As a small business owner, you are in a unique circumstance of ownership. You own everything in the business except what you owe to other people. That's great, but do you really know how this ownership, known as "equity" works?
What Is Equity and Owner's Equity?
The term "equity" means something of value or worth. It can also mean ownership. Generally, when looking at equity you want to consider the value of something and how much you owe is on that value. What's left over is equity.
Owner's equity is an owner's ownership in the business, that is, the value of the business assets owned by the business owner. It's the amount the owner has invested in the business minus any money the owner has taken out of the company.
Only sole proprietor businesses use the term "owner's equity," because there is only one owner.
Owner's Equity = Total Business Assets – Total Business Liabilities
It's the same as the general accounting formula (Assets = Liabilities – Owner's Equity), in a different order.
How Owner's Equity Works
Owner's equity changes based on different activities of the business. It increases with (a) increases in owner capital contributions, or (b) increases in profits of the business. The only way an owner's equity/ownership can grow is by investing more money in the business, or by increasing profits through increased sales and decreased expenses. If a business owner takes money out of their owner's equity, the withdrawal is considered a capital gain, and the owner must pay capital gains tax on the amount taken out.
An example: Equity in real estate means the part of the value of a property that's not the loan amount. So, if a property is valued or appraised at $100,000, and the loan amount — the current principal — is $80,000, then the equity is $20,000.
Start with a new business in which an original owner investment as beginning owner's equity, to see how it changes over time:
- Plus donated assets by the owner (equipment or a vehicle, for example)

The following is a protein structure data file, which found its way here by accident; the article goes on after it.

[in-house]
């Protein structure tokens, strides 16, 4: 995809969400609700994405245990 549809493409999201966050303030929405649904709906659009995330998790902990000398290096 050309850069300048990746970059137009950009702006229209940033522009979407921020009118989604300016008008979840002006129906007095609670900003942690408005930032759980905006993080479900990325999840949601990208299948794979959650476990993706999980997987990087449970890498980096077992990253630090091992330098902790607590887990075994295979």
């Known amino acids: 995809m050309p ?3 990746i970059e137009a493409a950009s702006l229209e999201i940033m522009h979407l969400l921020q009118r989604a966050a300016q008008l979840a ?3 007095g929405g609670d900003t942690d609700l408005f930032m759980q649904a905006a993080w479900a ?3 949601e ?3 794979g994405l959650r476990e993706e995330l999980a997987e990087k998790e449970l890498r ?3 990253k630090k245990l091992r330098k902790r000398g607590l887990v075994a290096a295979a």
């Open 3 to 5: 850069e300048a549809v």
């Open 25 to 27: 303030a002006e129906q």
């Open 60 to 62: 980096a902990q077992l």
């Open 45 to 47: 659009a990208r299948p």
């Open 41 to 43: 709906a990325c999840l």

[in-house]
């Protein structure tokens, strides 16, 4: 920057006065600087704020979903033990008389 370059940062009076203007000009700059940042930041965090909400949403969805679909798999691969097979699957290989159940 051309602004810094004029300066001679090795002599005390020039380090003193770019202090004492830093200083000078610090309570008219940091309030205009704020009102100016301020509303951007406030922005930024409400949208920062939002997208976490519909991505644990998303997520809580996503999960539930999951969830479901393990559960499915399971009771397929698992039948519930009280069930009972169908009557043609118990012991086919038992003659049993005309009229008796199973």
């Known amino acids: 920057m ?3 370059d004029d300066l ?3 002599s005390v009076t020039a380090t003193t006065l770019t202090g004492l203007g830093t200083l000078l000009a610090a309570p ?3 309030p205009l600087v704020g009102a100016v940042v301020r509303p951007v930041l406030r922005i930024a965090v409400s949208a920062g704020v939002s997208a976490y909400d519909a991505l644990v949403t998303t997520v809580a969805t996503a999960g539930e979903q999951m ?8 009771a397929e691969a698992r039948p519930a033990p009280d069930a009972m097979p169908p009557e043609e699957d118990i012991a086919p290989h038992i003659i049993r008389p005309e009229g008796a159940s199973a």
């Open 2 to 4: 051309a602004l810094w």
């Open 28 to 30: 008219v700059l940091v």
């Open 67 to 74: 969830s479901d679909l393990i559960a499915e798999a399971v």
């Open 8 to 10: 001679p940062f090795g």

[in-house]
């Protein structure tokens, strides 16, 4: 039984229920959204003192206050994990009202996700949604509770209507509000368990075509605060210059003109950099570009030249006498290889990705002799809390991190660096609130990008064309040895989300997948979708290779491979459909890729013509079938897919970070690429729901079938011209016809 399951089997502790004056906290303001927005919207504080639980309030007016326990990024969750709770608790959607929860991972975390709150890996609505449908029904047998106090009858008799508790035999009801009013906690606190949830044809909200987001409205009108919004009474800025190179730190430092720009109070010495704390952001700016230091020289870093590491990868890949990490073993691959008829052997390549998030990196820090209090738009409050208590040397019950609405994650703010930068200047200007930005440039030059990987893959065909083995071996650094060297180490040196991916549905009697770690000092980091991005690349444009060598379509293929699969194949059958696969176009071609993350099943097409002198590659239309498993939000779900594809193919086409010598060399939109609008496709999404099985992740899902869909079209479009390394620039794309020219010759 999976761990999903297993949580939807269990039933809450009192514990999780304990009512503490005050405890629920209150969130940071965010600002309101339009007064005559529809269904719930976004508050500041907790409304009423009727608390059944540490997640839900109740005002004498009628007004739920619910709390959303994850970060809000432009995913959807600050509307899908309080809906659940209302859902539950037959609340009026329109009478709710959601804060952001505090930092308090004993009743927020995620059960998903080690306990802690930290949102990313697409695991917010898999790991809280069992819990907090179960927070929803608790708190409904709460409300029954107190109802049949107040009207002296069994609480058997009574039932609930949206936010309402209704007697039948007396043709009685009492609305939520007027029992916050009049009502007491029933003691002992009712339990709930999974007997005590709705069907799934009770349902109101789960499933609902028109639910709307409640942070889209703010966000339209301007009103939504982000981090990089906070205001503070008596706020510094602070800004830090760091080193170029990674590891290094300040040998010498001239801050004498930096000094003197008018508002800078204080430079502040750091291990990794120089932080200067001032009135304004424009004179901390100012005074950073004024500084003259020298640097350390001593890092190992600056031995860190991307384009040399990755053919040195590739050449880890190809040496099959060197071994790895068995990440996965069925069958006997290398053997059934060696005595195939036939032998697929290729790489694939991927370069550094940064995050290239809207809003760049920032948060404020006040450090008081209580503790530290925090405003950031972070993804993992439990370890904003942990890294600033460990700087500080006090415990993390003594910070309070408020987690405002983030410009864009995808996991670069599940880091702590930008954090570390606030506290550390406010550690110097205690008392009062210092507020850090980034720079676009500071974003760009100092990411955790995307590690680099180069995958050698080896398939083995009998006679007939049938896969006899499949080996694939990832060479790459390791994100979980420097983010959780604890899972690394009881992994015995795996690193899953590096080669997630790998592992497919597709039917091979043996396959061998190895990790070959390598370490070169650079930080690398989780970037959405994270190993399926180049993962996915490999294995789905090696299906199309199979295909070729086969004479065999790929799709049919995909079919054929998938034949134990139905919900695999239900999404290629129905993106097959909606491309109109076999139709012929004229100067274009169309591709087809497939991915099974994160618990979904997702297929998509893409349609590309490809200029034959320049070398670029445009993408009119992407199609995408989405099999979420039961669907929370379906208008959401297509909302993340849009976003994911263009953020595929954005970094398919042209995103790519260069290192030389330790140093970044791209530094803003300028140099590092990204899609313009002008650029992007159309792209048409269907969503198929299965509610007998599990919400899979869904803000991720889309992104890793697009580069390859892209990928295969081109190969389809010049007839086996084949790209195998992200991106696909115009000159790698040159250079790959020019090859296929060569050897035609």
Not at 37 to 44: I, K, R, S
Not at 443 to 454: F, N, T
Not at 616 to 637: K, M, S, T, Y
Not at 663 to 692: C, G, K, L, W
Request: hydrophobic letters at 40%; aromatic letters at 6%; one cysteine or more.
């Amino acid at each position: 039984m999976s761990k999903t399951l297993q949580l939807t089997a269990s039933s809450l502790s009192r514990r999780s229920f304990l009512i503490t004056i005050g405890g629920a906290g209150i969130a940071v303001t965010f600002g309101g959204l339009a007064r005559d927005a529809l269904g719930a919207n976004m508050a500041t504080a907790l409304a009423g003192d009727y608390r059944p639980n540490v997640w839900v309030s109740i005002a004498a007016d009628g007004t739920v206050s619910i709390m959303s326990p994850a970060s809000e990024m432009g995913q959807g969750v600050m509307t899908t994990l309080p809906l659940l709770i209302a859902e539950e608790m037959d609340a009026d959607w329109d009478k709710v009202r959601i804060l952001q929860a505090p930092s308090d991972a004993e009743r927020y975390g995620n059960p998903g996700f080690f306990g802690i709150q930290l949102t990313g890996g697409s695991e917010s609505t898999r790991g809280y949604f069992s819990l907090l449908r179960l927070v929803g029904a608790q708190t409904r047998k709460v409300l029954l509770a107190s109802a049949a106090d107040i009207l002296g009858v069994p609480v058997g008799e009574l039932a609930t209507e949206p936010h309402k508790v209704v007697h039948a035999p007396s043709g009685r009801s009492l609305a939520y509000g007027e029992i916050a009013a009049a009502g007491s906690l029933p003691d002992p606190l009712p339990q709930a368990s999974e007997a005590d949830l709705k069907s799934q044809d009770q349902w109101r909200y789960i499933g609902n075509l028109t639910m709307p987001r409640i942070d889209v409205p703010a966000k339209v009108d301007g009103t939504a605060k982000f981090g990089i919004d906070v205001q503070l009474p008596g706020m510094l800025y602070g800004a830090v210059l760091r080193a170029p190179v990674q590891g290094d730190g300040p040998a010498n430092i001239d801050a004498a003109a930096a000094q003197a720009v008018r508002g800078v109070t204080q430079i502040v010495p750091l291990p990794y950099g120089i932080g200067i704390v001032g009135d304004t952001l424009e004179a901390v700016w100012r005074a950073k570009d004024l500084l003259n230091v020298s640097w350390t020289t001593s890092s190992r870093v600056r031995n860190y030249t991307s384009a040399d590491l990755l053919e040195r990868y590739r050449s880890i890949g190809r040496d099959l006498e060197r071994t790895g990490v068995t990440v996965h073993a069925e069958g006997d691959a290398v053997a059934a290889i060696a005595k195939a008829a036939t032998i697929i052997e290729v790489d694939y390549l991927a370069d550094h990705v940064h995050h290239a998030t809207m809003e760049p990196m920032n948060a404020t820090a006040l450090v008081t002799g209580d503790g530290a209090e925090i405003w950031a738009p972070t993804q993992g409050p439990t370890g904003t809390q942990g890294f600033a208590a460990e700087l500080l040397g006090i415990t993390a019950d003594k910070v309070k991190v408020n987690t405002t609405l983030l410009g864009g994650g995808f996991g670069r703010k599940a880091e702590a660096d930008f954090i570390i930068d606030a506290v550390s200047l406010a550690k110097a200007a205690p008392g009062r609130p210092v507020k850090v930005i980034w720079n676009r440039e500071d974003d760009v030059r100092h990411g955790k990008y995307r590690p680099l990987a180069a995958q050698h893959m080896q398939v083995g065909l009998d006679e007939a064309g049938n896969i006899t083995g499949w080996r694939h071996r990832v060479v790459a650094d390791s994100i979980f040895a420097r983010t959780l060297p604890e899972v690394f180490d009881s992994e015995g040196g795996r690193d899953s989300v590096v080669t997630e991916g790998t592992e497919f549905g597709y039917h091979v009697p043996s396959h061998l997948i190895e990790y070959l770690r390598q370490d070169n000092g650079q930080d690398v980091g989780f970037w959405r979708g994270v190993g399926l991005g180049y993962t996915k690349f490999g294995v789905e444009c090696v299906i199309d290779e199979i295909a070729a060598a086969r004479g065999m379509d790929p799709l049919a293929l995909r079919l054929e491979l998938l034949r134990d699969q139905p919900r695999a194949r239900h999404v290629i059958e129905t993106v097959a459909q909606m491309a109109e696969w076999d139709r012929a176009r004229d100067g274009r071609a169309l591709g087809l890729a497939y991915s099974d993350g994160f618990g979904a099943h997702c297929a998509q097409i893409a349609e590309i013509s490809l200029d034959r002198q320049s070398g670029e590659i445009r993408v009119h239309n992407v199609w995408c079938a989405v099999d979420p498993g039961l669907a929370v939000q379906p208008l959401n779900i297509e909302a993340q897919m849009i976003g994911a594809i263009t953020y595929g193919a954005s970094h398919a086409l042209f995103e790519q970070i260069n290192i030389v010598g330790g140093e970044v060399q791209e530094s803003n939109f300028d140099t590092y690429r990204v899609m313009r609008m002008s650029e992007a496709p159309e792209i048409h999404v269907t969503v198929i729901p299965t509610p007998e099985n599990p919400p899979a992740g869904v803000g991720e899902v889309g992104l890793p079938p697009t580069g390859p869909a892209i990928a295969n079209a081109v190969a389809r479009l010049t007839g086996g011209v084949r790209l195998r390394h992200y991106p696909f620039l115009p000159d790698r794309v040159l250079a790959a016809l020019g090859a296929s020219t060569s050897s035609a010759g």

- Minus distributions to the owner (amounts the owner takes out of the business)
- + Profits of the business
- – Losses of the business
Owner's Equity on a Balance Sheet
You can find the amount of owner's equity in a business by looking at the balance sheet. On the left are assets, the value of what the business owns. On the right are liabilities (what's owed by the business) and owner's equity (what's left).
Owner's equity changes over time. It's included on the business balance sheet at the end of an accounting period — month, quarter, or year.
What Is an Equity Interest?
An equity interest is an ownership interest in a business entity, from the concept of equity as ownership. Shareholders have equity interest as their purchase of shares of stock in the corporation gives them a share in the ownership of the business. Equity interest is in contrast to creditor interest from loans made by creditors to the business.
Tom begins a business and puts in $1,000 from his personal checking account and a laptop computer valued at $1,000. This $2,000 amount is a capital contribution since Tom has contributed capital in the form of cash and property to the business.
The next month, Tom takes a $500 draw from the business. So his net owner's equity is $1,500 at the end of the second month. If the owner takes more money out of the business than he put in, or the business has continuing losses and no profits, it results in negative owner's equity.
Business Ownership and Capital Accounts
Each owner of a business has a separate account called a "capital account" showing his or her ownership in the business. The value of all the capital accounts of all the owners is the total owner's equity in the business.
- Owners' Equity shows the business owner's share in the value of a business
- The owners' equity equation is Owners Equity = Assets - Liabilities
- It decreases when the owner takes money out or when the business has a loss
- It increases when the owner makes a capital contribution or when the business has a profit